Here, re-elected chair of the North London Waste Authority Cllr Clyde Loakes discusses waste disposal and recycling for Barnet, Camden, Enfield, Hackney, Haringey, Islington and Waltham Forest, including the redevelopment of the Edmonton Incinerator.

“The planet’s not for profit,” chanted protestors at North London Waste Authority’s recent AGM.

I’ve always believed this too. It’s why I’m happy to be re-elected chair of a public body with a mandate to minimise waste and increase recycling to support the transition to a circular economy as well as dispose of unrecyclable rubbish whilst ensuring council taxpayers get value for money.

Londonenergy, which deals with the day-to-day disposal operations, is 100% owned by NLWA, for the public, ensuring our mandate is carried out.

At NLWA this last year, we’ve innovated and pushed the boundaries to recycle more: 67,000 mattresses in just eight months were recycled and polystyrene is now recycled at our reuse and recycling centres.

But the scale of waste is vast and there many issues created by consumption. Businesses need to stop producing tricky-to-recycle stuff. We need more single-use plastics banned and producers forced to be responsible for the environmental cost of their products – nappies, wet wipes, and carpets for starters.

Yet the government still hasn’t implemented the deposit return scheme and Extended Producer Responsibility – years after they were first discussed.

Some people are against NLWA replacing a 50-year-old energy-from-waste plant with a new facility, which will have the UK’s most advanced anti-pollution tech and be ready for carbon capture. It’s been suggested that it’s better to ship north London’s unrecyclable waste to private contractors to landfill or incinerate with less advanced technology. This would mean a minimum of 30,000 additional truck journeys a year.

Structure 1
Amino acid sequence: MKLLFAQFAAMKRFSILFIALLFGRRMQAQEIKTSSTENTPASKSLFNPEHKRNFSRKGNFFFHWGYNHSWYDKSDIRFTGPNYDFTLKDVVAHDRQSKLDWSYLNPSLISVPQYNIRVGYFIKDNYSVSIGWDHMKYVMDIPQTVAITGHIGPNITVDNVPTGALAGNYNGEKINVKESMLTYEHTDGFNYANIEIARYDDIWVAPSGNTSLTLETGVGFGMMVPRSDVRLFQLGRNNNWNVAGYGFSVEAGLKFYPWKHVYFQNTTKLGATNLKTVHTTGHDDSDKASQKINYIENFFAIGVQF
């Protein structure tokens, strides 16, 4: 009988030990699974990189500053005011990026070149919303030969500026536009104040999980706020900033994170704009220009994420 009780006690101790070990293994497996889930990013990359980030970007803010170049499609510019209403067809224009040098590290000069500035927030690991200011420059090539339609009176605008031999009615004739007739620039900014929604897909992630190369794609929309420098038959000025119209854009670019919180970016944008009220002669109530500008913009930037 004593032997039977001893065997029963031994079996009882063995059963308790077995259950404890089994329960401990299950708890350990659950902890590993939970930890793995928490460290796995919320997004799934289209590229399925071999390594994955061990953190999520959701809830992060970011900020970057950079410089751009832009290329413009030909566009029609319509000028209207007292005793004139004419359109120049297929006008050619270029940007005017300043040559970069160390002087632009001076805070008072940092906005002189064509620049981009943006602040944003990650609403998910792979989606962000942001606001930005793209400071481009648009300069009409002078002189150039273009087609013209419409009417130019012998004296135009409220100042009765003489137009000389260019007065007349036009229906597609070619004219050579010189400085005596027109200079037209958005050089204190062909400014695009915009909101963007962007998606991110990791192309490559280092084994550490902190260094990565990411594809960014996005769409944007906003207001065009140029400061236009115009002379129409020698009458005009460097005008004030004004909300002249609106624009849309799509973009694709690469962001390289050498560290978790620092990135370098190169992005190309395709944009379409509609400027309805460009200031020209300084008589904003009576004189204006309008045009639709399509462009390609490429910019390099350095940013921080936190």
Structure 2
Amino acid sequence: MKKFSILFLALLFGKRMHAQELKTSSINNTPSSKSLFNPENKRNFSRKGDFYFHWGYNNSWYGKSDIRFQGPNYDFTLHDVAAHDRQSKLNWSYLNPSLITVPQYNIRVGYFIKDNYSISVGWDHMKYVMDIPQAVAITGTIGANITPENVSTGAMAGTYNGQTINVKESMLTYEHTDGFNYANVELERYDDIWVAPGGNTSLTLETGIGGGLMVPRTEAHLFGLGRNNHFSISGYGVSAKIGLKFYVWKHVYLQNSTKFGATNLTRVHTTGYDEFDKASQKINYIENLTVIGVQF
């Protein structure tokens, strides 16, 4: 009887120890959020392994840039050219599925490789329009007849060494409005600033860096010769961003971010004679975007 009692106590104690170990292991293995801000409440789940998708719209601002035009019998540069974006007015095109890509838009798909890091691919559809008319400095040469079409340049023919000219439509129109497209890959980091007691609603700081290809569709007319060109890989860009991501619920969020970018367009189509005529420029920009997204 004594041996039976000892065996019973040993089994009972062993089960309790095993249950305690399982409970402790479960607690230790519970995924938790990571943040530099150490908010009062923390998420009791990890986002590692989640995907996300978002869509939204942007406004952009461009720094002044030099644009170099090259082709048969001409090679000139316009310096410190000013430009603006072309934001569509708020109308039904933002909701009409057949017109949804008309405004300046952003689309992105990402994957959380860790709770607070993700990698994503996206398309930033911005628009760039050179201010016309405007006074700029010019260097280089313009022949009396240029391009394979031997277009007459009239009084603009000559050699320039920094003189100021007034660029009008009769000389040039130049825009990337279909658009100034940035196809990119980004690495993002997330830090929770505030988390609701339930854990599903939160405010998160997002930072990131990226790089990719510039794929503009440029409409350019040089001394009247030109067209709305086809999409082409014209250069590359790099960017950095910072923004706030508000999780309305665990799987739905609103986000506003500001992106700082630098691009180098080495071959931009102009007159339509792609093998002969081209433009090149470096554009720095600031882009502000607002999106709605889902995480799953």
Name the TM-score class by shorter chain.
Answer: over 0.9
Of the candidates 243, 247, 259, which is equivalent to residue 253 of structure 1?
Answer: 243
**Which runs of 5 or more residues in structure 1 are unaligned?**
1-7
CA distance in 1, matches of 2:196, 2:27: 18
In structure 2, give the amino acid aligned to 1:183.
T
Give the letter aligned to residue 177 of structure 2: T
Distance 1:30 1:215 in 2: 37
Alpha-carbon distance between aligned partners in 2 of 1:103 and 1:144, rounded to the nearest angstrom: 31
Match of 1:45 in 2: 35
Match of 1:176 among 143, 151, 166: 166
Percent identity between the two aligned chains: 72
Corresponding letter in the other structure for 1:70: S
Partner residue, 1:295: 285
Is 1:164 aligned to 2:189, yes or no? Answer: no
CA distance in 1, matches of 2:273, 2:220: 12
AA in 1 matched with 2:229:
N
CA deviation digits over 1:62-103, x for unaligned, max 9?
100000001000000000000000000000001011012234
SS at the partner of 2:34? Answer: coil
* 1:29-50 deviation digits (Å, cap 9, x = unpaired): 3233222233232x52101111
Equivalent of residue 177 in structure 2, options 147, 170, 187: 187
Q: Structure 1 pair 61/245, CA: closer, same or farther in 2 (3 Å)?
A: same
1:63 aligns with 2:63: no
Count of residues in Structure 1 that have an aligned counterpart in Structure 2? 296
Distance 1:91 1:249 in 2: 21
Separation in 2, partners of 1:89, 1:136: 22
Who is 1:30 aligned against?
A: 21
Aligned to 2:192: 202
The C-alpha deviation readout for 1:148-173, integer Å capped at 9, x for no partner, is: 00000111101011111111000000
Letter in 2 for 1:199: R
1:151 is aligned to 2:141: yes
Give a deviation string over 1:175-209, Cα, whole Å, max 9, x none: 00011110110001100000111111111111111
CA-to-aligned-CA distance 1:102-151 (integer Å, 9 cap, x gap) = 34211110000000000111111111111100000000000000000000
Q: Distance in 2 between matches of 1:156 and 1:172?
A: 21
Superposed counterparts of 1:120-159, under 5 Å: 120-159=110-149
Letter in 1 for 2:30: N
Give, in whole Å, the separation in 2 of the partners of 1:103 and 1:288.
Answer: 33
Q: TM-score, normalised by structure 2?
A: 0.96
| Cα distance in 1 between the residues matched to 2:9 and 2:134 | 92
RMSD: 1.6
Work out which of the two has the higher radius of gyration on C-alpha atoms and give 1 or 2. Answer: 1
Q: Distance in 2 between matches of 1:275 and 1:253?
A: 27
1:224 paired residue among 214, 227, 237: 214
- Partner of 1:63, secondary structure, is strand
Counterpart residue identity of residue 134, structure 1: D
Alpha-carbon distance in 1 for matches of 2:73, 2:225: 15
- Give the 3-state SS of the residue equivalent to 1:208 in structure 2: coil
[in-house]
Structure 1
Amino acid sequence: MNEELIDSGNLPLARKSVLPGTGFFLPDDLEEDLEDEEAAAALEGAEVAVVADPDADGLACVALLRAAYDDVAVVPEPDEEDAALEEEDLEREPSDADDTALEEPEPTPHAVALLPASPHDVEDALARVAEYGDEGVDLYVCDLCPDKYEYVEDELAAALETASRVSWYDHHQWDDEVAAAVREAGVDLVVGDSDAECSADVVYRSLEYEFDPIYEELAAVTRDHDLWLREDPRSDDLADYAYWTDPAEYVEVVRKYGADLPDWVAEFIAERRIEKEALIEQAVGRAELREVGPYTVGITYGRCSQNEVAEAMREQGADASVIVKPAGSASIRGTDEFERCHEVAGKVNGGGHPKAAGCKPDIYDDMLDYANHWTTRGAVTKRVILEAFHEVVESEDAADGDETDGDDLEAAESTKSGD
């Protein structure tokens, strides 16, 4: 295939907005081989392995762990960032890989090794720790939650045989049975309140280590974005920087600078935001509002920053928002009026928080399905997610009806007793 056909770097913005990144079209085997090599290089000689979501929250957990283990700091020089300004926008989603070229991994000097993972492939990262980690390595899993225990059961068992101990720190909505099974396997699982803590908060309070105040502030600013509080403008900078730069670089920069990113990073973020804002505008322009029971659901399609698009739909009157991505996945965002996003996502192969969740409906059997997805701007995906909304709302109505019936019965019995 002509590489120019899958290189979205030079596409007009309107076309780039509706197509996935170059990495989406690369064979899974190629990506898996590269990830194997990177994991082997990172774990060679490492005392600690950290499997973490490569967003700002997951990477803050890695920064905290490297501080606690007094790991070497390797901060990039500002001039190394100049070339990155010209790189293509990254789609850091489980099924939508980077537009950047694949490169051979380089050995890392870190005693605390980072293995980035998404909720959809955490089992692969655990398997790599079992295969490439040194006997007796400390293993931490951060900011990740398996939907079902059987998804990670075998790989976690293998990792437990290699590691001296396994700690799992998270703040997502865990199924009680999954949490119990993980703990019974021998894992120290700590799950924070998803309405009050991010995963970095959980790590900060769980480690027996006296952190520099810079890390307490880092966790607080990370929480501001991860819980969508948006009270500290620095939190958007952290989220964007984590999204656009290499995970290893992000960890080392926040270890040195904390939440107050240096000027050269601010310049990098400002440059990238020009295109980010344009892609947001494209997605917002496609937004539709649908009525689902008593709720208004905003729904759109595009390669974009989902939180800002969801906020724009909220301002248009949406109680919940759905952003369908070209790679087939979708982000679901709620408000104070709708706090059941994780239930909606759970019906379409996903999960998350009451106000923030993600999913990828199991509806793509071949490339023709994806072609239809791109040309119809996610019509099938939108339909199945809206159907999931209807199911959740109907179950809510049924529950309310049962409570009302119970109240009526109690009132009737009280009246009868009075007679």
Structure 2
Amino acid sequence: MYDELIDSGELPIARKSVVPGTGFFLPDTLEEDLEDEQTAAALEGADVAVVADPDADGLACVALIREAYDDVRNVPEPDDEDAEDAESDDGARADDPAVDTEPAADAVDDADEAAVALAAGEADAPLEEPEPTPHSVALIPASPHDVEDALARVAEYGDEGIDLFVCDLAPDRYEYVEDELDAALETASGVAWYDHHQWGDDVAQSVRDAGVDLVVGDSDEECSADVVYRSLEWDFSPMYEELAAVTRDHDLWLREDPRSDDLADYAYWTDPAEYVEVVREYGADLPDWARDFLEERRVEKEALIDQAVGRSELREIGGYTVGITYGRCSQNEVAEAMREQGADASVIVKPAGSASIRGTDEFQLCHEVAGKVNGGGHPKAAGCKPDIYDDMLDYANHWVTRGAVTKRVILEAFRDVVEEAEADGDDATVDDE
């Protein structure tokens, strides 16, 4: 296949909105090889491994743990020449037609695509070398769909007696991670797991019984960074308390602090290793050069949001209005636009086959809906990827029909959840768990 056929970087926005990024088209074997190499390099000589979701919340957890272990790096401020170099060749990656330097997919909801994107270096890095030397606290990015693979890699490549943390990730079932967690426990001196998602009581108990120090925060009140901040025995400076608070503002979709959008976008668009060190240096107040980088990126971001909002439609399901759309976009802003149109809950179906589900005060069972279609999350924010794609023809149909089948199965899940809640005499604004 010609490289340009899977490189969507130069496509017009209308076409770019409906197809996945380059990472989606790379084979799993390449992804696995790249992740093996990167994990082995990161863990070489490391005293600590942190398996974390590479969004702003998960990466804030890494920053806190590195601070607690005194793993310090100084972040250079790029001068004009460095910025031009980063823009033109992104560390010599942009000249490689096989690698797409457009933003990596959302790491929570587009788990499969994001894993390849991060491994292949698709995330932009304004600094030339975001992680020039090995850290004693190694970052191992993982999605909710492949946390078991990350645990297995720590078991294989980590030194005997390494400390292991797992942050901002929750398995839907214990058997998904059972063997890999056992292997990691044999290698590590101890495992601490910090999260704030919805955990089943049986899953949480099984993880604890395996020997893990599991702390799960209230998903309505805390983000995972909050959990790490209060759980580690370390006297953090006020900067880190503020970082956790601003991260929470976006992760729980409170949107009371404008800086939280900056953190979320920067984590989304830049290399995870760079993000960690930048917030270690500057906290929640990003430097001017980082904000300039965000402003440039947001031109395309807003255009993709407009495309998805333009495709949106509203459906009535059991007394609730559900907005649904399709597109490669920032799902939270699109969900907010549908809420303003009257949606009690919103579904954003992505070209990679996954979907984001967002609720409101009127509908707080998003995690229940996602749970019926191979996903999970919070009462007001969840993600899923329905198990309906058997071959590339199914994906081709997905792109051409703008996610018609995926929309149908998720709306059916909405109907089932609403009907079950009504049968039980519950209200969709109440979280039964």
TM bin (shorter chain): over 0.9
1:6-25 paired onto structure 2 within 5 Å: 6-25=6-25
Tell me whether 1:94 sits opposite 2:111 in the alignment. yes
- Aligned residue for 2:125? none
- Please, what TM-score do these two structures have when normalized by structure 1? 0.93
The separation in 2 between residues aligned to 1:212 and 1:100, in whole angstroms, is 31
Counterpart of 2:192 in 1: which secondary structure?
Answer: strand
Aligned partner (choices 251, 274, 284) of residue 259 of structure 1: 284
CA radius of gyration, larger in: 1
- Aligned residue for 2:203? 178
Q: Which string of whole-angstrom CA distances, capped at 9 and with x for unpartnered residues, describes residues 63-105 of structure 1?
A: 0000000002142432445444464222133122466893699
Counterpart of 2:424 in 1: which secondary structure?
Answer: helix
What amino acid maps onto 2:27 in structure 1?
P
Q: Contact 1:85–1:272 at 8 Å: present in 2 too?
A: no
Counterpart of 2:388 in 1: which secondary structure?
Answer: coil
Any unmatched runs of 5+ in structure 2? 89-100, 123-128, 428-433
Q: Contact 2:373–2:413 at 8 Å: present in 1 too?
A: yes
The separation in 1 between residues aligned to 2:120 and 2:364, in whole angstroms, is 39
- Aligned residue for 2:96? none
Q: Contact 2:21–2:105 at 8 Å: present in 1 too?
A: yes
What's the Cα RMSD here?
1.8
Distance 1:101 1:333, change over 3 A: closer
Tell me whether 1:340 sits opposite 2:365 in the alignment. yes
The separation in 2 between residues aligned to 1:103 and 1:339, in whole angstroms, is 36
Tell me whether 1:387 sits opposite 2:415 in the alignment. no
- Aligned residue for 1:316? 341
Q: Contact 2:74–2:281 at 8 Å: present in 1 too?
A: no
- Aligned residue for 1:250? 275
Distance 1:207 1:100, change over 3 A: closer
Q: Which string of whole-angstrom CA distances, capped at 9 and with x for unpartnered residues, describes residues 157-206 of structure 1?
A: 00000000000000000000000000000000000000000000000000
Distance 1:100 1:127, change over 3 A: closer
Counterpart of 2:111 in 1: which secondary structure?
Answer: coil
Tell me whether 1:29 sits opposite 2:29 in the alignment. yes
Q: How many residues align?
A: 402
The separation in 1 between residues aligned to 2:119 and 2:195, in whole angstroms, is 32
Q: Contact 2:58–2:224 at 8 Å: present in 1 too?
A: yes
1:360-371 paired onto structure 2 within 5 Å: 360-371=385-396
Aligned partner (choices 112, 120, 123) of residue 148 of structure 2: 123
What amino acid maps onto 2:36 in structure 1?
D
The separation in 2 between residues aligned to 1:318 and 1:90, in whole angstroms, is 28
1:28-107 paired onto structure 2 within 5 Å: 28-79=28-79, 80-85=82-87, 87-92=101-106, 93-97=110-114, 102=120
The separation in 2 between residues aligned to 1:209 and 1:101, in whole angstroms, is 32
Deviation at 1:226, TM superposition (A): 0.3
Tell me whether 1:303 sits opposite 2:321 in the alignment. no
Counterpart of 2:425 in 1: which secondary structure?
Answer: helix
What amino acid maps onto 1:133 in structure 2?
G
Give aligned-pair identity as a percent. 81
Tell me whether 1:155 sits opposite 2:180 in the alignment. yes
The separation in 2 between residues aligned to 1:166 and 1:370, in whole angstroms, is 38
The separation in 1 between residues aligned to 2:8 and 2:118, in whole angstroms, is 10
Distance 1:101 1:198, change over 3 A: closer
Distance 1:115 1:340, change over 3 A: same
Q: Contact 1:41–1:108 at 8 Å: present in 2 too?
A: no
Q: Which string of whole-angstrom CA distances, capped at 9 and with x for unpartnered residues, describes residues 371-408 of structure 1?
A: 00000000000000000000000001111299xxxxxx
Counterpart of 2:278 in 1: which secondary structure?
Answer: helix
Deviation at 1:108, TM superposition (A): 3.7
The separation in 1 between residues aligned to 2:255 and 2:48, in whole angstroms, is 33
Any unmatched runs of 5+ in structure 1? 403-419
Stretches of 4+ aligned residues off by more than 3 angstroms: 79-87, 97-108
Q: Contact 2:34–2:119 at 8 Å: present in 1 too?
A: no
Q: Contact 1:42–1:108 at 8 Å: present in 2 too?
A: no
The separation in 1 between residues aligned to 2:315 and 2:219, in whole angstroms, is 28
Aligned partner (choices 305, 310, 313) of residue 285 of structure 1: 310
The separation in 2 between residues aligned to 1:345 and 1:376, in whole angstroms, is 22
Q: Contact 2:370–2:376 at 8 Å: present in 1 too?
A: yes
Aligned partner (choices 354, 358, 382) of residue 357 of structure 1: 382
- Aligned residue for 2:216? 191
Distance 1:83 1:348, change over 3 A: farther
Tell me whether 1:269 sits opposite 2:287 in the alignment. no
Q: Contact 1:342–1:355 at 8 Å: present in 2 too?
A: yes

Others say we should build a pre-sorting facility to extract plastic from black-bin-bags. We’re not ruling it out, but even the most advanced facilities only take a small percentage of materials out of the waste stream. The best pre-sorting happens when residents separate their recycling and waste themselves. However, we’d still need to get rid of residual waste somehow.

What’s vital is less plastics and food ending up in black-bin-bags.

In Milan where household recycling rates are much higher than London, there are fines for people who don’t recycle properly, among a raft of measures; measures NLWA has consistently called on UK Government to legislate for. We need to make recycling compulsory and failing to recycle as unacceptable as smoking cigarettes.

We urge residents and groups to campaign with us to put waste, recycling, and the circular economy higher on the government’s agenda. That’s how we’ll get the changes we need to truly reduce waste across north London.

Cllr Clyde Loakes (Lab, Leytonstone, Waltham Forest Council) is chair of the North London Waste Authority.

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